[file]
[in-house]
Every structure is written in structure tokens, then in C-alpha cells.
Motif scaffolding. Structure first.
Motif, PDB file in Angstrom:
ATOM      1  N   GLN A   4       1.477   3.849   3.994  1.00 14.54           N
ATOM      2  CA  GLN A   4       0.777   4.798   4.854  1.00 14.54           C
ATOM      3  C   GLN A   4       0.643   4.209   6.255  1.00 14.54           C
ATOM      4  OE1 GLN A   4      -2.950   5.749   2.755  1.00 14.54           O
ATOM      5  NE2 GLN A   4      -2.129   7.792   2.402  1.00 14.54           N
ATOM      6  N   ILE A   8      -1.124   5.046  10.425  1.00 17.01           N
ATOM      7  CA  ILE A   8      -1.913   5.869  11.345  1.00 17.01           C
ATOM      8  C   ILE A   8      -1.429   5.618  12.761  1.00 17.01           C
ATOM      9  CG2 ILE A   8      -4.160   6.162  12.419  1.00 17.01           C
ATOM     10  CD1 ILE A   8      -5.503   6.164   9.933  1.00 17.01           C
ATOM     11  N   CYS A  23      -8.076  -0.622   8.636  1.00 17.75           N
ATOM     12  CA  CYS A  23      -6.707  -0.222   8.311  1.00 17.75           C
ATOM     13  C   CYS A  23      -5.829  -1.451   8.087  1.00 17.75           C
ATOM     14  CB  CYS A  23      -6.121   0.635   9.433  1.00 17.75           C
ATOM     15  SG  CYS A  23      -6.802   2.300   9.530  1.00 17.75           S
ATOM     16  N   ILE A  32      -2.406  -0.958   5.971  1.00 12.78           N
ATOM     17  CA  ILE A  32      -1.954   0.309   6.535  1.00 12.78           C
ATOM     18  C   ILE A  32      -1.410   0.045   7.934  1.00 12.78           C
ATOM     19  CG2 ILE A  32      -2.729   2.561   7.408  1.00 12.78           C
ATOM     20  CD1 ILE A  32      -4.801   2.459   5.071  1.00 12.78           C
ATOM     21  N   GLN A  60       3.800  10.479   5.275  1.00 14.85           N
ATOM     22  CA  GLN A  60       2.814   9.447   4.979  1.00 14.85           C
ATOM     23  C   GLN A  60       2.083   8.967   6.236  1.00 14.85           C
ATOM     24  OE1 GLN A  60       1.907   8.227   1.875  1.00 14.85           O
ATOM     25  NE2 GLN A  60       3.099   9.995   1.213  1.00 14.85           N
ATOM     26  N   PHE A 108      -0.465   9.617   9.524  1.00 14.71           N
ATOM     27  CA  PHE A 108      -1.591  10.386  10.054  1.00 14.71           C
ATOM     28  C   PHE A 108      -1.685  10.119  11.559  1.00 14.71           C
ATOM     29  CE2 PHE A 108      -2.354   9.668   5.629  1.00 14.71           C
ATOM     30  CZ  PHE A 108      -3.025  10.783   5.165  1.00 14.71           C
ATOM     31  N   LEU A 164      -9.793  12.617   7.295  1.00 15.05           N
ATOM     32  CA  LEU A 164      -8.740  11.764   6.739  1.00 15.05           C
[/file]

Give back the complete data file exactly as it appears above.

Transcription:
[in-house]
Every structure is written in structure tokens, then in C-alpha cells.
Motif scaffolding. Structure first.
Motif, PDB file in Angstrom:
ATOM      1  N   GLN A   4       1.477   3.849   3.994  1.00 14.54           N
ATOM      2  CA  GLN A   4       0.777   4.798   4.854  1.00 14.54           C
ATOM      3  C   GLN A   4       0.643   4.209   6.255  1.00 14.54           C
ATOM      4  OE1 GLN A   4      -2.950   5.749   2.755  1.00 14.54           O
ATOM      5  NE2 GLN A   4      -2.129   7.792   2.402  1.00 14.54           N
ATOM      6  N   ILE A   8      -1.124   5.046  10.425  1.00 17.01           N
ATOM      7  CA  ILE A   8      -1.913   5.869  11.345  1.00 17.01           C
ATOM      8  C   ILE A   8      -1.429   5.618  12.761  1.00 17.01           C
ATOM      9  CG2 ILE A   8      -4.160   6.162  12.419  1.00 17.01           C
ATOM     10  CD1 ILE A   8      -5.503   6.164   9.933  1.00 17.01           C
ATOM     11  N   CYS A  23      -8.076  -0.622   8.636  1.00 17.75           N
ATOM     12  CA  CYS A  23      -6.707  -0.222   8.311  1.00 17.75           C
ATOM     13  C   CYS A  23      -5.829  -1.451   8.087  1.00 17.75           C
ATOM     14  CB  CYS A  23      -6.121   0.635   9.433  1.00 17.75           C
ATOM     15  SG  CYS A  23      -6.802   2.300   9.530  1.00 17.75           S
ATOM     16  N   ILE A  32      -2.406  -0.958   5.971  1.00 12.78           N
ATOM     17  CA  ILE A  32      -1.954   0.309   6.535  1.00 12.78           C
ATOM     18  C   ILE A  32      -1.410   0.045   7.934  1.00 12.78           C
ATOM     19  CG2 ILE A  32      -2.729   2.561   7.408  1.00 12.78           C
ATOM     20  CD1 ILE A  32      -4.801   2.459   5.071  1.00 12.78           C
ATOM     21  N   GLN A  60       3.800  10.479   5.275  1.00 14.85           N
ATOM     22  CA  GLN A  60       2.814   9.447   4.979  1.00 14.85           C
ATOM     23  C   GLN A  60       2.083   8.967   6.236  1.00 14.85           C
ATOM     24  OE1 GLN A  60       1.907   8.227   1.875  1.00 14.85           O
ATOM     25  NE2 GLN A  60       3.099   9.995   1.213  1.00 14.85           N
ATOM     26  N   PHE A 108      -0.465   9.617   9.524  1.00 14.71           N
ATOM     27  CA  PHE A 108      -1.591  10.386  10.054  1.00 14.71           C
ATOM     28  C   PHE A 108      -1.685  10.119  11.559  1.00 14.71           C
ATOM     29  CE2 PHE A 108      -2.354   9.668   5.629  1.00 14.71           C
ATOM     30  CZ  PHE A 108      -3.025  10.783   5.165  1.00 14.71           C
ATOM     31  N   LEU A 164      -9.793  12.617   7.295  1.00 15.05           N
ATOM     32  CA  LEU A 164      -8.740  11.764   6.739  1.00 15.05           C